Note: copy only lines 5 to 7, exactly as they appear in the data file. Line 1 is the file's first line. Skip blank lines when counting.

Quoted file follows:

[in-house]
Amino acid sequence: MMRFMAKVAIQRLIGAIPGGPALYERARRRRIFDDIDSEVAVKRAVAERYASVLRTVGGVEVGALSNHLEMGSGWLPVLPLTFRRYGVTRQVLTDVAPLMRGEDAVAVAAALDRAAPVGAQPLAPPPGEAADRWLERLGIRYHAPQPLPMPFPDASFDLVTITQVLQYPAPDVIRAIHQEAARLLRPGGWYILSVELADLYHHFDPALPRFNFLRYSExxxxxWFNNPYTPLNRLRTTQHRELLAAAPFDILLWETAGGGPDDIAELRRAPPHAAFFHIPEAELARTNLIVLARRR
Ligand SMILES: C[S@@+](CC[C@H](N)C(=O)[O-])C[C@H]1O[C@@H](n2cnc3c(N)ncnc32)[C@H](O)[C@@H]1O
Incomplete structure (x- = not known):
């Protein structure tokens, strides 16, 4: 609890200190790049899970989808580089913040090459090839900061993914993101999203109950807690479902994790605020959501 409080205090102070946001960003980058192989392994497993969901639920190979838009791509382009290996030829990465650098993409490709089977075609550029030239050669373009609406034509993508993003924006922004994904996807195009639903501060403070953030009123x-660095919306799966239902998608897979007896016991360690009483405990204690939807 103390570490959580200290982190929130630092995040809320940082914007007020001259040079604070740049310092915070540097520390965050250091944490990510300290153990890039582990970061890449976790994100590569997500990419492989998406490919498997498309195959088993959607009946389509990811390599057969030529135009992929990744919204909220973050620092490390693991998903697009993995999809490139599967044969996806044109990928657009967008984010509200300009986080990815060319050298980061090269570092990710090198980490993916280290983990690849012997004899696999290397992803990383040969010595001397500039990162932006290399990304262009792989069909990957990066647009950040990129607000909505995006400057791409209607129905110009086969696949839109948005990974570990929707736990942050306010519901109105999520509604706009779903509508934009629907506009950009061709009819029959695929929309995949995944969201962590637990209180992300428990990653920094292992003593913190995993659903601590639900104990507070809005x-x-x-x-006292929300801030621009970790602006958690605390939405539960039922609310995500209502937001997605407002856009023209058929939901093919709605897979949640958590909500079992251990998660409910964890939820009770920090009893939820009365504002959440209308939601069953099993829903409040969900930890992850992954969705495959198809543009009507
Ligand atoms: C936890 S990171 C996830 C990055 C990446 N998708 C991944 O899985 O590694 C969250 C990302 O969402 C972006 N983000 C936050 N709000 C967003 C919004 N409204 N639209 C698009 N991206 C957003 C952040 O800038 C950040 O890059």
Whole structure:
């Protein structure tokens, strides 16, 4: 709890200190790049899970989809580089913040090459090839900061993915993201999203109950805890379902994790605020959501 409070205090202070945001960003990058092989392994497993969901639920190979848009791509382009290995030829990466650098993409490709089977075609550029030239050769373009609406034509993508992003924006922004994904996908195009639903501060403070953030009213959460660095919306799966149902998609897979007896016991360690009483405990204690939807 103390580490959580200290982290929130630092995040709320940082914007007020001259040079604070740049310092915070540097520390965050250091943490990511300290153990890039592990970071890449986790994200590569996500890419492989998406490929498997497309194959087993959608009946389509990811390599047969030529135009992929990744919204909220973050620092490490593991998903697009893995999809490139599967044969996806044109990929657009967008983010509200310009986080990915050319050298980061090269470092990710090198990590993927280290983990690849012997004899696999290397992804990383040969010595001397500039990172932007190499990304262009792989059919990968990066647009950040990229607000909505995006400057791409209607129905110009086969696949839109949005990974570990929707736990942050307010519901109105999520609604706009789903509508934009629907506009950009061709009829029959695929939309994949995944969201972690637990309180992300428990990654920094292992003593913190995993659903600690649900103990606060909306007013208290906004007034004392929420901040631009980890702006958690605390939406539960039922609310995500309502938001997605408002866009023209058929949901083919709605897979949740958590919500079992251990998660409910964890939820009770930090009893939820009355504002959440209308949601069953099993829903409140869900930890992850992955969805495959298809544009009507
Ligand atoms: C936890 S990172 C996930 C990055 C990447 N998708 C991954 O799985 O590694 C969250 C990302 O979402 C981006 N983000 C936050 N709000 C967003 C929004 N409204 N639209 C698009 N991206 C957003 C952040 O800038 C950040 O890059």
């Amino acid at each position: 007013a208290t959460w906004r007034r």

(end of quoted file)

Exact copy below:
């Protein structure tokens, strides 16, 4: 609890200190790049899970989808580089913040090459090839900061993914993101999203109950807690479902994790605020959501 409080205090102070946001960003980058192989392994497993969901639920190979838009791509382009290996030829990465650098993409490709089977075609550029030239050669373009609406034509993508993003924006922004994904996807195009639903501060403070953030009123x-660095919306799966239902998608897979007896016991360690009483405990204690939807 103390570490959580200290982190929130630092995040809320940082914007007020001259040079604070740049310092915070540097520390965050250091944490990510300290153990890039582990970061890449976790994100590569997500990419492989998406490919498997498309195959088993959607009946389509990811390599057969030529135009992929990744919204909220973050620092490390693991998903697009993995999809490139599967044969996806044109990928657009967008984010509200300009986080990815060319050298980061090269570092990710090198980490993916280290983990690849012997004899696999290397992803990383040969010595001397500039990162932006290399990304262009792989069909990957990066647009950040990129607000909505995006400057791409209607129905110009086969696949839109948005990974570990929707736990942050306010519901109105999520509604706009779903509508934009629907506009950009061709009819029959695929929309995949995944969201962590637990209180992300428990990653920094292992003593913190995993659903601590639900104990507070809005x-x-x-x-006292929300801030621009970790602006958690605390939405539960039922609310995500209502937001997605407002856009023209058929939901093919709605897979949640958590909500079992251990998660409910964890939820009770920090009893939820009365504002959440209308939601069953099993829903409040969900930890992850992954969705495959198809543009009507
Ligand atoms: C936890 S990171 C996830 C990055 C990446 N998708 C991944 O899985 O590694 C969250 C990302 O969402 C972006 N983000 C936050 N709000 C967003 C919004 N409204 N639209 C698009 N991206 C957003 C952040 O800038 C950040 O890059």
Whole structure: